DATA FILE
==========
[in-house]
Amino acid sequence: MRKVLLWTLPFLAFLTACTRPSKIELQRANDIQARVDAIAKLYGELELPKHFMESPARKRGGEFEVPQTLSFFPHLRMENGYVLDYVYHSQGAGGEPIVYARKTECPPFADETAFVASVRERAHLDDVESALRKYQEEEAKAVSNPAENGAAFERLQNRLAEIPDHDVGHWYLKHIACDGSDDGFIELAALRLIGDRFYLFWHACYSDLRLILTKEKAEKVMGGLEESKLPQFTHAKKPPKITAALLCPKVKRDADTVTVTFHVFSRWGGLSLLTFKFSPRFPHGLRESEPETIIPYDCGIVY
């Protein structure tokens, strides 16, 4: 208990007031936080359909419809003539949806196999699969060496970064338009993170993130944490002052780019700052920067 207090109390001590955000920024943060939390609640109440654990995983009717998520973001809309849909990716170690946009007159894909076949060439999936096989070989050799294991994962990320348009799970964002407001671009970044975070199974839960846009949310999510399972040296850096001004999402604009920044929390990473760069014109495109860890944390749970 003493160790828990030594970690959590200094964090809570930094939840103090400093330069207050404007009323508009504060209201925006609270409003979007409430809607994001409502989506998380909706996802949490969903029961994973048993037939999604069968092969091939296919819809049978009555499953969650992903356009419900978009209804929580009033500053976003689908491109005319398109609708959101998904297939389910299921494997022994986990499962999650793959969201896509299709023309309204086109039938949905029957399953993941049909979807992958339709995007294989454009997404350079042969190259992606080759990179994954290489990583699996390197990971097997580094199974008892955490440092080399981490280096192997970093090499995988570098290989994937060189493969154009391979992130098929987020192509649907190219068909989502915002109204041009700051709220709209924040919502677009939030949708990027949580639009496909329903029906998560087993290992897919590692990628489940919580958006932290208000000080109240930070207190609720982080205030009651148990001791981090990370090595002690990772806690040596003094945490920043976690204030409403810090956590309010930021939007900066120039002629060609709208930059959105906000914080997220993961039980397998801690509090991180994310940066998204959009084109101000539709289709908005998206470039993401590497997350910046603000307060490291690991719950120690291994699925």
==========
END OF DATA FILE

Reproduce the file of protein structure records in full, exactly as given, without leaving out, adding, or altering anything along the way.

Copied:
[in-house]
Amino acid sequence: MRKVLLWTLPFLAFLTACTRPSKIELQRANDIQARVDAIAKLYGELELPKHFMESPARKRGGEFEVPQTLSFFPHLRMENGYVLDYVYHSQGAGGEPIVYARKTECPPFADETAFVASVRERAHLDDVESALRKYQEEEAKAVSNPAENGAAFERLQNRLAEIPDHDVGHWYLKHIACDGSDDGFIELAALRLIGDRFYLFWHACYSDLRLILTKEKAEKVMGGLEESKLPQFTHAKKPPKITAALLCPKVKRDADTVTVTFHVFSRWGGLSLLTFKFSPRFPHGLRESEPETIIPYDCGIVY
């Protein structure tokens, strides 16, 4: 208990007031936080359909419809003539949806196999699969060496970064338009993170993130944490002052780019700052920067 207090109390001590955000920024943060939390609640109440654990995983009717998520973001809309849909990716170690946009007159894909076949060439999936096989070989050799294991994962990320348009799970964002407001671009970044975070199974839960846009949310999510399972040296850096001004999402604009920044929390990473760069014109495109860890944390749970 003493160790828990030594970690959590200094964090809570930094939840103090400093330069207050404007009323508009504060209201925006609270409003979007409430809607994001409502989506998380909706996802949490969903029961994973048993037939999604069968092969091939296919819809049978009555499953969650992903356009419900978009209804929580009033500053976003689908491109005319398109609708959101998904297939389910299921494997022994986990499962999650793959969201896509299709023309309204086109039938949905029957399953993941049909979807992958339709995007294989454009997404350079042969190259992606080759990179994954290489990583699996390197990971097997580094199974008892955490440092080399981490280096192997970093090499995988570098290989994937060189493969154009391979992130098929987020192509649907190219068909989502915002109204041009700051709220709209924040919502677009939030949708990027949580639009496909329903029906998560087993290992897919590692990628489940919580958006932290208000000080109240930070207190609720982080205030009651148990001791981090990370090595002690990772806690040596003094945490920043976690204030409403810090956590309010930021939007900066120039002629060609709208930059959105906000914080997220993961039980397998801690509090991180994310940066998204959009084109101000539709289709908005998206470039993401590497997350910046603000307060490291690991719950120690291994699925």